Inspired by Boston Marathon runner and Lakota activist Jordan Marie Daniel, Fish first donned the handprint and MMIW lettering at her state championships in 2019, where she dedicated all four of her races to Indigenous women who have gone missing or have been murdered, providing photos and information about them on a poster. One of them was her aunt, Alice Ida Looney, who disappeared when Fish was two-years-old and was found dead 15 months later. Fish won each of her races that day. Though her victories did not change what happened to the women she chose to honor, it did place a national spotlight on an issue that receives minimal visibility. 

Over time, racing for MMIW has become a form of empowerment for Fish who is now more comfortable and confident using her platform to bring attention to this epidemic that has directly impacted her and her loved ones. 

Fast forward to today and 22-year-old Fish has a long list of accomplishments to be proud of. In 2019, she became the first member of her tribe to sign a National Letter of Intent for college athletics when she committed to Iowa Central Community College following numerous Washington state track titles at the 1B level. In 2021, she was recruited by the University of Washington’s (UW) track & field team and in 2022 she became the first Husky student-athlete to win a Truman Scholarship, awarded nationwide to students based on leadership skills and who have demonstrated civic engagement, academic potential and a desire to pursue a career in public service. 

From the track to the classroom, she plans to continue her advocacy for all Indigenous people at UW by pursuing a Master of Social Work and graduate certificate in American Indian Studies. 

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Learn more about the Missing and Murdered Indigenous Women MMIW epidemic and take action. Visit and support the Urban Indian Health Institute at

2023 Champion For Equality Award Recipients

Jon Patricof and Jonathan Soros

Photo Credit: Athletes Unlimited

“What would happen if we started with a blank sheet of paper?” So began the genesis of a revolutionary new approach to professional women’s sports leagues. Jon Patricof and Jonathan Soros sought to put the power in the hands of athletes by building an innovative platform for women’s sports when they co-founded Athletes Unlimited (AU). Tossing the traditional sports model aside, these bold business disruptors have built an extraordinary partnership with pro athletes that puts individual players in control of the game – taking head coaches, club owners and locked rosters out of the equation. From player-led executive committees to creating unprecedented pathways for long-term equity and ways to give back to athletes’ chosen nonprofits, Patricof and Soros have truly created something transformative. For their unwavering commitment to elevating the voices of women athletes by building a more equitable and inclusive model for professional sports, they are the Women’s Sports Foundation’s 2023 Champion for Equality Award recipients.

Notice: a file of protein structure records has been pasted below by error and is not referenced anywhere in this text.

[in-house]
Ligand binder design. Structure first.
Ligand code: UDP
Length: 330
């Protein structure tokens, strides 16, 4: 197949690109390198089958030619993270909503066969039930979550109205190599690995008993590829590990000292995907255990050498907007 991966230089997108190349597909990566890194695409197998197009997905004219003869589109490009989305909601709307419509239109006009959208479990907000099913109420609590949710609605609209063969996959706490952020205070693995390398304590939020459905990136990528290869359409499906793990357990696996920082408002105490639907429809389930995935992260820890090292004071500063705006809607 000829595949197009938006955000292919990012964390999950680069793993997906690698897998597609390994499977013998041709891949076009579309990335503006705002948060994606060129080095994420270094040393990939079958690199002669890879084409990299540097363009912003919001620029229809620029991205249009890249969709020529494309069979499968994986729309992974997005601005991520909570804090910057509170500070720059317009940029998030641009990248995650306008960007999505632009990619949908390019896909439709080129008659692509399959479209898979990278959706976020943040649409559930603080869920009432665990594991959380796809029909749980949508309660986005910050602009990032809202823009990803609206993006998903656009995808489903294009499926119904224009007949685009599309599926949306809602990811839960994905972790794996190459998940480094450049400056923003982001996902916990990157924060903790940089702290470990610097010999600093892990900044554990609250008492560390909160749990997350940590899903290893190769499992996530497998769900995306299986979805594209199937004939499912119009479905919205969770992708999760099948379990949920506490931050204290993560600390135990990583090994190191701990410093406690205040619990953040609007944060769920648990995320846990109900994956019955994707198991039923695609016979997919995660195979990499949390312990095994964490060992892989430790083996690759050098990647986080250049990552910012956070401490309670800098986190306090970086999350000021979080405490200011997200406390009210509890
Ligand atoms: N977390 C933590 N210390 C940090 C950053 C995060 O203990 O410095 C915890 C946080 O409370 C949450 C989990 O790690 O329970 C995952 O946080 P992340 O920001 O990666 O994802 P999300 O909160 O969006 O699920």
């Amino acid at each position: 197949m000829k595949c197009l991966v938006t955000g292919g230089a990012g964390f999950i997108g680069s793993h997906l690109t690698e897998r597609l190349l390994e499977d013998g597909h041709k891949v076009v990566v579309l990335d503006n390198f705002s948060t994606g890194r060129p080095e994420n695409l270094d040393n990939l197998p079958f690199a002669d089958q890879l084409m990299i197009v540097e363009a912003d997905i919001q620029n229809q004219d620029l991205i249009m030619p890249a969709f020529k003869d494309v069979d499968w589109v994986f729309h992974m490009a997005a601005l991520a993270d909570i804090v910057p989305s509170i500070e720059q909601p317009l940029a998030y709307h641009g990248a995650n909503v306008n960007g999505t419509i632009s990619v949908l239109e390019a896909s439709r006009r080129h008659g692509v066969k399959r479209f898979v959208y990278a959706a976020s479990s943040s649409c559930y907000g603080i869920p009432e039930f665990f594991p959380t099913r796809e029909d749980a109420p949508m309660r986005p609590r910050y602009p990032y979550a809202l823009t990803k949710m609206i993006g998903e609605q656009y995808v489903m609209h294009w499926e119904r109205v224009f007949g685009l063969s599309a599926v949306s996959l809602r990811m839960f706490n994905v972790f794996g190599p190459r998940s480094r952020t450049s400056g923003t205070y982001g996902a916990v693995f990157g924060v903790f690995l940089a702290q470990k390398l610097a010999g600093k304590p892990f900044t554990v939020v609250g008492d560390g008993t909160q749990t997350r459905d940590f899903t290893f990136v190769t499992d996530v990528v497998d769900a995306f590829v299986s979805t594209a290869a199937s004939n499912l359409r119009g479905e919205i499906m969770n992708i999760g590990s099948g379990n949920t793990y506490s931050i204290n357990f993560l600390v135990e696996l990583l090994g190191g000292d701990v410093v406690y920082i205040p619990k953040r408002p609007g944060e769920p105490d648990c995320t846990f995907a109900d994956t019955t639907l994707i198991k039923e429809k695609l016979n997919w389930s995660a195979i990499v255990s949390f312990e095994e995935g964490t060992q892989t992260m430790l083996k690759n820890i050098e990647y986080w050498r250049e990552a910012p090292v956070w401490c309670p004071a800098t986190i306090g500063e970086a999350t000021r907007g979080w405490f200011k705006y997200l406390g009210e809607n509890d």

Patricof and Soros launched AU’s cutting-edge model with softball in 2020, adding volleyball and lacrosse in 2021, and basketball in 2022. The leagues consist of a never-before-seen competition format, scoring system, and a player-led organizational structure. Forgoing bouncing back and forth between cities and stadiums, players compete in one place throughout a five-week season. At the beginning of each season, four captains are appointed to draft the first week’s teams and the one-of-a-kind scoring system rewards players for peak performance where they can earn points (and monetary bonuses) for winning as a team, their individual stats and being voted MVPs of the game. At the end of each week, the top four players become the new captains and draft a team from scratch for the next week. This model is tailored towards sports fans who follow athletes and not teams, providing a unique experience for them each week.

From Patricof’s experience growing the Disney, ESPN and ABC brands across emerging channels, leading the Tribeca Film Festival then the NYC Football Club to Soros’ experience founding JS Capital, co-founding Give Lively LLC, and sitting on the boards of the NAACP Legal Defense and Educational Fund and GivingTuesday; these co-founders have demonstrated a visionary approach throughout their careers. AU’s game-changing model was built on this solid foundation and from day one, Patricof and Soros were prepared to dive in and disrupt the women’s sports ecosystem and it is paying off. In just three years, AU has had 13 seasons across 4 sports involving over 350 world class athletes and announced it had secured more than $30 million in new capital from investors both inside and outside of the sports ecosystem. Other notable milestones include becoming the first ever pro sports league to organize as a Public Benefit Corporation (PBC) and becoming carbon neutral in the United States. These are a few of the reasons why Fast Company recognized AU as one of the ‘world’s most innovative companies’ in 2023, making them the first women’s sports organization to receive the tribute.